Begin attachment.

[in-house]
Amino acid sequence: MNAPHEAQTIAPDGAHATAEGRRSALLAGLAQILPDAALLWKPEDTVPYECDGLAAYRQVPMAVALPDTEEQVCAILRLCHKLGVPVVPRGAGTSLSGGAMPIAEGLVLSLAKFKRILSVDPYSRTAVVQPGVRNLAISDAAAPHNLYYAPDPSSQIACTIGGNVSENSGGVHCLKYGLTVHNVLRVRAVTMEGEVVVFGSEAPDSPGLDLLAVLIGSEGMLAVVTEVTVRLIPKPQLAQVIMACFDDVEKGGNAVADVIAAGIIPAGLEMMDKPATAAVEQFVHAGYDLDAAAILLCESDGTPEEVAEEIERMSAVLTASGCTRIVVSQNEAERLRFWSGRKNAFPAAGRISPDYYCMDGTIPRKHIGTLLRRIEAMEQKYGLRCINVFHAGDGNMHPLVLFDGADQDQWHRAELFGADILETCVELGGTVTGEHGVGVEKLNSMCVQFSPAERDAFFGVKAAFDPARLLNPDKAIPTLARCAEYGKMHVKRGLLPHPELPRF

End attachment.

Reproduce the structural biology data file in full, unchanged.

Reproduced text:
[in-house]
Amino acid sequence: MNAPHEAQTIAPDGAHATAEGRRSALLAGLAQILPDAALLWKPEDTVPYECDGLAAYRQVPMAVALPDTEEQVCAILRLCHKLGVPVVPRGAGTSLSGGAMPIAEGLVLSLAKFKRILSVDPYSRTAVVQPGVRNLAISDAAAPHNLYYAPDPSSQIACTIGGNVSENSGGVHCLKYGLTVHNVLRVRAVTMEGEVVVFGSEAPDSPGLDLLAVLIGSEGMLAVVTEVTVRLIPKPQLAQVIMACFDDVEKGGNAVADVIAAGIIPAGLEMMDKPATAAVEQFVHAGYDLDAAAILLCESDGTPEEVAEEIERMSAVLTASGCTRIVVSQNEAERLRFWSGRKNAFPAAGRISPDYYCMDGTIPRKHIGTLLRRIEAMEQKYGLRCINVFHAGDGNMHPLVLFDGADQDQWHRAELFGADILETCVELGGTVTGEHGVGVEKLNSMCVQFSPAERDAFFGVKAAFDPARLLNPDKAIPTLARCAEYGKMHVKRGLLPHPELPRF